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Transparency of Local Authorities’ Decision Making

Indicator Phrasing

the average number of actions implemented by the target authorities in the past [specify the time frame] to inform the local population about the outcomes of the authorities’ decisions
See indicator in other languages

Indicator Phrasing

English: the average number of actions implemented by the target authorities in the past [specify the time frame] to inform the local population about the outcomes of the authorities’ decisions

French: nombre moyen de mesures mises en œuvre par les autorités cibles dans les derniers X mois visant à informer la population locale de l’issue des décisions prises par les autorités

Portuguese: número médio de ações implementadas pelas autoridades-alvo nos passados [especifique o período de tempo] para informar a população sobre os resultados das decisões das autoridades

Czech: počet aktivit realizovaných cílovými autoritami během posledních [určete dobu] s cílem informovat místní obyvatele o výsledcích svých rozhodnutí

What is its purpose?

The indicator measures the number of actions organized by the targeted local authorities to inform people about the results of their decisions that affect the quality of local residents’ lives and influence local development. Such practice is an important aspect of increasing the transparency of the local authorities’ decision-making processes.

How to Collect and Analyse the Required Data

Calculate the indicator’s value by using the following methodology:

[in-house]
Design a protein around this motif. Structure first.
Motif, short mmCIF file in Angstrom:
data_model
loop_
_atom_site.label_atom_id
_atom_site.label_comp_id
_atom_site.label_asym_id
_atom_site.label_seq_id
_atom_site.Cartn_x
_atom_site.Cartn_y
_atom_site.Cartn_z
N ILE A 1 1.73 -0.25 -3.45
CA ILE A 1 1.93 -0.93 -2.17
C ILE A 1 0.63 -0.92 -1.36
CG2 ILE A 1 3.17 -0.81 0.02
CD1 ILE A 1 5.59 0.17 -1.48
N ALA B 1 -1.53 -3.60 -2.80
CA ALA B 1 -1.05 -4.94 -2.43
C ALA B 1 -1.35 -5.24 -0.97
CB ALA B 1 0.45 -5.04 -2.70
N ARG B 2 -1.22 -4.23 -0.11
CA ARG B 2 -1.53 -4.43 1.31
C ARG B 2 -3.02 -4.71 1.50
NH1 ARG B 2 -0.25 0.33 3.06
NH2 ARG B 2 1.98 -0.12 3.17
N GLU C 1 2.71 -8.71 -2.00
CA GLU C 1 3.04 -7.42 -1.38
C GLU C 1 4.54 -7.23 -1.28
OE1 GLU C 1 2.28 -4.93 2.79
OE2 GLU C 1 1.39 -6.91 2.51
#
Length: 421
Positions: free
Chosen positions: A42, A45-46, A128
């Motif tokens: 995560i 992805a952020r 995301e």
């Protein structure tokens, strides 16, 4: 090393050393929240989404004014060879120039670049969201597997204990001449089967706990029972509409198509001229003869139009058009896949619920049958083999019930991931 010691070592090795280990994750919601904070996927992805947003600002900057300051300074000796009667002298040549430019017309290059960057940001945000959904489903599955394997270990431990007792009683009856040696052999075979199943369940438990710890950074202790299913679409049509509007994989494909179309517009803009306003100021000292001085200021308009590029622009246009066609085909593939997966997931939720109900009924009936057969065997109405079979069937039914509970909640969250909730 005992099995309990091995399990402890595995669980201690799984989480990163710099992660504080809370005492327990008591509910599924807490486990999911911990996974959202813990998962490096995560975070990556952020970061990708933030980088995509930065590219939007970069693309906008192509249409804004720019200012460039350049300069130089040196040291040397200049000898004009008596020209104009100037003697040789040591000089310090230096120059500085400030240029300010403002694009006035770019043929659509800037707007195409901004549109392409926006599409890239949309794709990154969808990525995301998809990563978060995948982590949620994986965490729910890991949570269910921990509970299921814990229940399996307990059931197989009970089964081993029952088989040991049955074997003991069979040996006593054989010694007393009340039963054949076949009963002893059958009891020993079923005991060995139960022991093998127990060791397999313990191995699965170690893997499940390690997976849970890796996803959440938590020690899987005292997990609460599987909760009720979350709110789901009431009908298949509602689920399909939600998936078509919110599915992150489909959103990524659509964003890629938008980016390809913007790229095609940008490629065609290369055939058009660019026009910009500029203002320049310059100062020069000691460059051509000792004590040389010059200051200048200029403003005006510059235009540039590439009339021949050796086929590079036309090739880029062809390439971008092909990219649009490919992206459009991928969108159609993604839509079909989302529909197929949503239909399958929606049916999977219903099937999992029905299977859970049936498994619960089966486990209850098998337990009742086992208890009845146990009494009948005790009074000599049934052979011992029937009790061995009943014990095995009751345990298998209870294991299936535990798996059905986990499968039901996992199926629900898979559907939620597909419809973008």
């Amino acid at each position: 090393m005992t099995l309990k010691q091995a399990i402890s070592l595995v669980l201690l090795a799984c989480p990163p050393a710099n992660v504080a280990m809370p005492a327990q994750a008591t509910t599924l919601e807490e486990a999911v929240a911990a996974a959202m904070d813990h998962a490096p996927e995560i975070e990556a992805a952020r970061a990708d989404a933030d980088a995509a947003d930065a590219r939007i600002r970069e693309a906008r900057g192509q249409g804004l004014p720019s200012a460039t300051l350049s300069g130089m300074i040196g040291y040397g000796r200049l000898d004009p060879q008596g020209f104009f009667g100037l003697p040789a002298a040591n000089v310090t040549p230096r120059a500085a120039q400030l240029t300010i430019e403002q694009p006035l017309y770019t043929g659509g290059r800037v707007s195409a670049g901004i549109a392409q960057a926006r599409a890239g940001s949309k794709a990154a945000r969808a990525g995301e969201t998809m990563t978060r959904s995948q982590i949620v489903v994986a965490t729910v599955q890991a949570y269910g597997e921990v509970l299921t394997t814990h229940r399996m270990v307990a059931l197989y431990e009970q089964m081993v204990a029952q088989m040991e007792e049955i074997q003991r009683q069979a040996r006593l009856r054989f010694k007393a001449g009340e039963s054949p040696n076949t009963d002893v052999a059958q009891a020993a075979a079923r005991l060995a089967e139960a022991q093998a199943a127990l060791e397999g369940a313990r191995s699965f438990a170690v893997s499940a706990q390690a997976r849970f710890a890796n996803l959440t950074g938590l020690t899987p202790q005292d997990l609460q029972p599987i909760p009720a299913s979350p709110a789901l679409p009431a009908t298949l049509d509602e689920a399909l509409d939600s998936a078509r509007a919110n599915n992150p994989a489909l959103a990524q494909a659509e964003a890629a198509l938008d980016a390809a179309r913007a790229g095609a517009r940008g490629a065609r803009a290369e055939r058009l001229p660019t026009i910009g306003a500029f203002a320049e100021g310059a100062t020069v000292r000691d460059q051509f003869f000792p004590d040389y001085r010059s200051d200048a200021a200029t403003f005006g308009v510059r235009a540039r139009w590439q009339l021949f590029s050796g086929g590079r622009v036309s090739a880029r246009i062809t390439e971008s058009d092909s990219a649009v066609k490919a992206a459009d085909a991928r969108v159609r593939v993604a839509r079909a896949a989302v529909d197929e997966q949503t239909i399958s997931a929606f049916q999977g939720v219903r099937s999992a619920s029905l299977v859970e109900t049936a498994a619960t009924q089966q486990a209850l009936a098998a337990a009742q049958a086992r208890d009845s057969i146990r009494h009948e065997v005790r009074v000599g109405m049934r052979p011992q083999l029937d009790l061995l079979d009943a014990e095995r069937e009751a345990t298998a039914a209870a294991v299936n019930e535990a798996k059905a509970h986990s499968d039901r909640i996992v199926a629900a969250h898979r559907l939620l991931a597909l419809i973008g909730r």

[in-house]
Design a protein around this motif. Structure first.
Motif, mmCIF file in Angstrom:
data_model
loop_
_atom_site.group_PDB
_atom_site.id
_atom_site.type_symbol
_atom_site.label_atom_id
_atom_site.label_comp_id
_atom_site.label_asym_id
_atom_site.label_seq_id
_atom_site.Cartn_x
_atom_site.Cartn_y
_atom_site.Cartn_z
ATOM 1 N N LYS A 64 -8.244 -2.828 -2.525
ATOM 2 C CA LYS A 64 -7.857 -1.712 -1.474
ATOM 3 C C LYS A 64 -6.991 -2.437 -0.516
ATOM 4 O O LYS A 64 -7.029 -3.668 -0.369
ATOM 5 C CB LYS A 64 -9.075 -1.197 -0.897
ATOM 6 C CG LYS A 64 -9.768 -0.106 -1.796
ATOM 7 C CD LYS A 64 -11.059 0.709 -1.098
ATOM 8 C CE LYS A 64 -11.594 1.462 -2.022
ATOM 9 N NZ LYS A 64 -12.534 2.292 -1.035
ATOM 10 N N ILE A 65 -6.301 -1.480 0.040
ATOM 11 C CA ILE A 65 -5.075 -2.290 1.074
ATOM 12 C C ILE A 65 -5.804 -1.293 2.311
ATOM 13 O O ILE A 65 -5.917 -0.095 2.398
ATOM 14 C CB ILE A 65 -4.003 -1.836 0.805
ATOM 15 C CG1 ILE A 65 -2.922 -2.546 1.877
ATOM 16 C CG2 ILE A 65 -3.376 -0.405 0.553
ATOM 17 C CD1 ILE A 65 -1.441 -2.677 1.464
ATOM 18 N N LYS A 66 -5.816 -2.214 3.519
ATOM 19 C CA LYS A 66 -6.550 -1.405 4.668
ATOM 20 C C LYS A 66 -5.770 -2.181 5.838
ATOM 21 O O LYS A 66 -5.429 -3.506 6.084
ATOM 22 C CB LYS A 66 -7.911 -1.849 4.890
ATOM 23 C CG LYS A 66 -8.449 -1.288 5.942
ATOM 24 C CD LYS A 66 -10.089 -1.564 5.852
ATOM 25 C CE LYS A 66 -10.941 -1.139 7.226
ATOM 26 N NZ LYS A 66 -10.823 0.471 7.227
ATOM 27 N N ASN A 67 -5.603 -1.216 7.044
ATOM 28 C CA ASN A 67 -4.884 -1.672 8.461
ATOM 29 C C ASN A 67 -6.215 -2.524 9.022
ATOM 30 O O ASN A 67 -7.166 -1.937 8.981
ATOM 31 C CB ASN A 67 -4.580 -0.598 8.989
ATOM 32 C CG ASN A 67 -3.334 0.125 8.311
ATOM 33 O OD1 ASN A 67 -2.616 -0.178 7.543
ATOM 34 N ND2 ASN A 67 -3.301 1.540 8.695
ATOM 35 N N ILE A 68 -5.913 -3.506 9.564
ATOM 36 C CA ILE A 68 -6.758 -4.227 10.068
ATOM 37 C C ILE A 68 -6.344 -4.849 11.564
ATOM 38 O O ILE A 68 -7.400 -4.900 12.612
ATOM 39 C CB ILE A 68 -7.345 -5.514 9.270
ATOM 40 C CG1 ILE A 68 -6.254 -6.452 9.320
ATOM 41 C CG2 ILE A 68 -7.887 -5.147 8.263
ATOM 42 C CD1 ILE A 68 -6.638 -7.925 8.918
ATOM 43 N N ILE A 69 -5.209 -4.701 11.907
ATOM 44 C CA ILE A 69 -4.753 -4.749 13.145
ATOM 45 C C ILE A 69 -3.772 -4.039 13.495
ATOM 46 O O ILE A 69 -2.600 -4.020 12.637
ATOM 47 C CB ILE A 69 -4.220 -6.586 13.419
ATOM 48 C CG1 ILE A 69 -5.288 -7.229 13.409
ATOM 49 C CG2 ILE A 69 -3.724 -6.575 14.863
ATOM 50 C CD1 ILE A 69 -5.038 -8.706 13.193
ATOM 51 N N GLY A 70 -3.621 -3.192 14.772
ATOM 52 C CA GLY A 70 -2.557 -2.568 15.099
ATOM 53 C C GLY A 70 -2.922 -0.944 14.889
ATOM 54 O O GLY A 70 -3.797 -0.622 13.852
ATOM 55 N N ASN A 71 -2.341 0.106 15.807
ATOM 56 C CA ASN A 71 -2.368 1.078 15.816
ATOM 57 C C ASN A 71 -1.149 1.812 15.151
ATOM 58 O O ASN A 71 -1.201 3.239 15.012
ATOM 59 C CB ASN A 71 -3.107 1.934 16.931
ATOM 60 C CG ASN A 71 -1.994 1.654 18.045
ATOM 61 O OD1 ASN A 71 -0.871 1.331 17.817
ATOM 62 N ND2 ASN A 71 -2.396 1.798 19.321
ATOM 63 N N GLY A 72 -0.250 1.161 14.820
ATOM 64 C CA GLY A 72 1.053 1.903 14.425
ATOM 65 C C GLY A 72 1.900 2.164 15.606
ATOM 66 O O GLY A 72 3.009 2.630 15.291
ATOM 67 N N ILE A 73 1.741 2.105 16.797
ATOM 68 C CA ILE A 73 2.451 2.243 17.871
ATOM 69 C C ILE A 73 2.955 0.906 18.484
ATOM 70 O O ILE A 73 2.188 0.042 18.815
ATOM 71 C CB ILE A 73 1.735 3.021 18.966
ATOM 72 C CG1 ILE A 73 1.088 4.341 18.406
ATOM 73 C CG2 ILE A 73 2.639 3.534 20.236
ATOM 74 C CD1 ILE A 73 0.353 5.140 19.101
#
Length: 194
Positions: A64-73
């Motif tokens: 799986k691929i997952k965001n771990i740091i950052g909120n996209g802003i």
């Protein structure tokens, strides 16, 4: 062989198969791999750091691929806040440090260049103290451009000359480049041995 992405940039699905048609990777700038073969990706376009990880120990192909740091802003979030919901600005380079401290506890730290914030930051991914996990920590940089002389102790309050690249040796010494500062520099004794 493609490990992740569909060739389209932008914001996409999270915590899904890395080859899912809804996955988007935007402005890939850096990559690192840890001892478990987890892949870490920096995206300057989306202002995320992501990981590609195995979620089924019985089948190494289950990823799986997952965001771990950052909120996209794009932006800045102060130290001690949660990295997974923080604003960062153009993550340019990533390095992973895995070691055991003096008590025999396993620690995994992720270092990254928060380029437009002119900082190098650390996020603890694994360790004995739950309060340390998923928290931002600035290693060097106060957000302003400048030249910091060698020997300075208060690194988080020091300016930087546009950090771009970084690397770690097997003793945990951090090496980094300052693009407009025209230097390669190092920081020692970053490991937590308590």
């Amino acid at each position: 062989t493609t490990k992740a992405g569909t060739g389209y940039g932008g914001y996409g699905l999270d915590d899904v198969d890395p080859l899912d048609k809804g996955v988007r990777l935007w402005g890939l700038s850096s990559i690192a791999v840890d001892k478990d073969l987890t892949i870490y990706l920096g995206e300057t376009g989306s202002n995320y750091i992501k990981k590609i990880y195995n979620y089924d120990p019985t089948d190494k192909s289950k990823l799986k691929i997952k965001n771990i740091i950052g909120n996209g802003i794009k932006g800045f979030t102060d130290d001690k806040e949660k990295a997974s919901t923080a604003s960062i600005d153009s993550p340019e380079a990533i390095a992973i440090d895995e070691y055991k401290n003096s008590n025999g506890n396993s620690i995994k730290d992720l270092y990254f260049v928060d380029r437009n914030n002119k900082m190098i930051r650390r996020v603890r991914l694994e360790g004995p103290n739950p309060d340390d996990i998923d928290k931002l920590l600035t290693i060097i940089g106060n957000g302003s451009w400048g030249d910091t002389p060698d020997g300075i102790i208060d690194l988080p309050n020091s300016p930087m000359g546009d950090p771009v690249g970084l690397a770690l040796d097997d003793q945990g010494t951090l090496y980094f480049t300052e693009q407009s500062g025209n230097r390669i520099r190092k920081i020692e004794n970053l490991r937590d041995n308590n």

1) Define what criteria the authorities’ dissemination activities have to meet in order to be considered as disseminating decisions in a transparent manner (the criteria must be realistic and adapted to the local context).


2) Conduct interviews with the representatives of the target authorities collecting the following data:

Q: The [specify the name of the local authority] frequently makes decisions about the allocation of its budget, about new services for local residents, and other plans related to the development of the local communities. In the past [specify the period], what were the different ways people living in this area could learn about the results of such decisions? 

Probe: Were there any other ways in which people could learn about the outcomes of such decisions?


3) As much as possible, verify whether the provided information is correct. For example if the respondent mentions that an information leaflet was produced, request the (soft) copy. Similarly, if s/he says that an information meeting was organized, request the meeting minutes or a list of participants.


4) Per each targeted local authority, calculate the number of conducted activities that meet the pre-defined criteria.


5) To calculate the average number of implemented activities, sum up all the “eligible” activities (those that passed your criteria) and divide them by the total number of interviewed authorities.

Important Comments

1) If possible, cross-check the information provided by the target authorities by conducting key informant interviews with the local citizens – for example, with the people who attended authorities’ information sessions.


2) If possible, at the beginning of the project, ask your project staff to attend some of the information events in order to gain more qualitative insights into their content and quality.


3) In the case your organization intends to conduct a quantitative survey among a representative sample of the local target population, consider changing the indicator to: “% of the local residents reporting that in the past [specify the period] they received information about the outcomes of the local authorities’ decisions” (consider also specifying the frequency - e.g. "at least twice"). When setting the target, be realistic about the proportion of the target population the authorities' communication channels can reach. 

This guidance was prepared by People in Need ©

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